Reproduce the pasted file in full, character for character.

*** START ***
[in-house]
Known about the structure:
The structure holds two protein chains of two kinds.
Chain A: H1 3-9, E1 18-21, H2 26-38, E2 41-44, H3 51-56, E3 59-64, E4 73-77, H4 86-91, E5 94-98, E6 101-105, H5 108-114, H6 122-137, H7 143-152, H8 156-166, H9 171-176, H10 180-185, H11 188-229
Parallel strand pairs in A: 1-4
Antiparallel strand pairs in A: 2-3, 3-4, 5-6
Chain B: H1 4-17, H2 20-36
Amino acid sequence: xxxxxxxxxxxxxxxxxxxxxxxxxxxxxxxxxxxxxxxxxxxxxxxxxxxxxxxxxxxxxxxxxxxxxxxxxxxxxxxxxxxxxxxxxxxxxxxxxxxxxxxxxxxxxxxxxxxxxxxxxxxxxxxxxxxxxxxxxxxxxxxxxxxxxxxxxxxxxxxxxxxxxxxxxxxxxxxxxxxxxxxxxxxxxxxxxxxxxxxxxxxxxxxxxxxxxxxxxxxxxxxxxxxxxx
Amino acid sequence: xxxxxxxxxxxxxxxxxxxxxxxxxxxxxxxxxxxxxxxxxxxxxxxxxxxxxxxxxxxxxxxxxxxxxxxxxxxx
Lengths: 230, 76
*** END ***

[in-house]
Known about the structure:
The structure holds two protein chains of two kinds.
Chain A: H1 3-9, E1 18-21, H2 26-38, E2 41-44, H3 51-56, E3 59-64, E4 73-77, H4 86-91, E5 94-98, E6 101-105, H5 108-114, H6 122-137, H7 143-152, H8 156-166, H9 171-176, H10 180-185, H11 188-229
Parallel strand pairs in A: 1-4
Antiparallel strand pairs in A: 2-3, 3-4, 5-6
Chain B: H1 4-17, H2 20-36
Amino acid sequence: xxxxxxxxxxxxxxxxxxxxxxxxxxxxxxxxxxxxxxxxxxxxxxxxxxxxxxxxxxxxxxxxxxxxxxxxxxxxxxxxxxxxxxxxxxxxxxxxxxxxxxxxxxxxxxxxxxxxxxxxxxxxxxxxxxxxxxxxxxxxxxxxxxxxxxxxxxxxxxxxxxxxxxxxxxxxxxxxxxxxxxxxxxxxxxxxxxxxxxxxxxxxxxxxxxxxxxxxxxxxxxxxxxxxxx
Amino acid sequence: xxxxxxxxxxxxxxxxxxxxxxxxxxxxxxxxxxxxxxxxxxxxxxxxxxxxxxxxxxxxxxxxxxxxxxxxxxxx
Lengths: 230, 76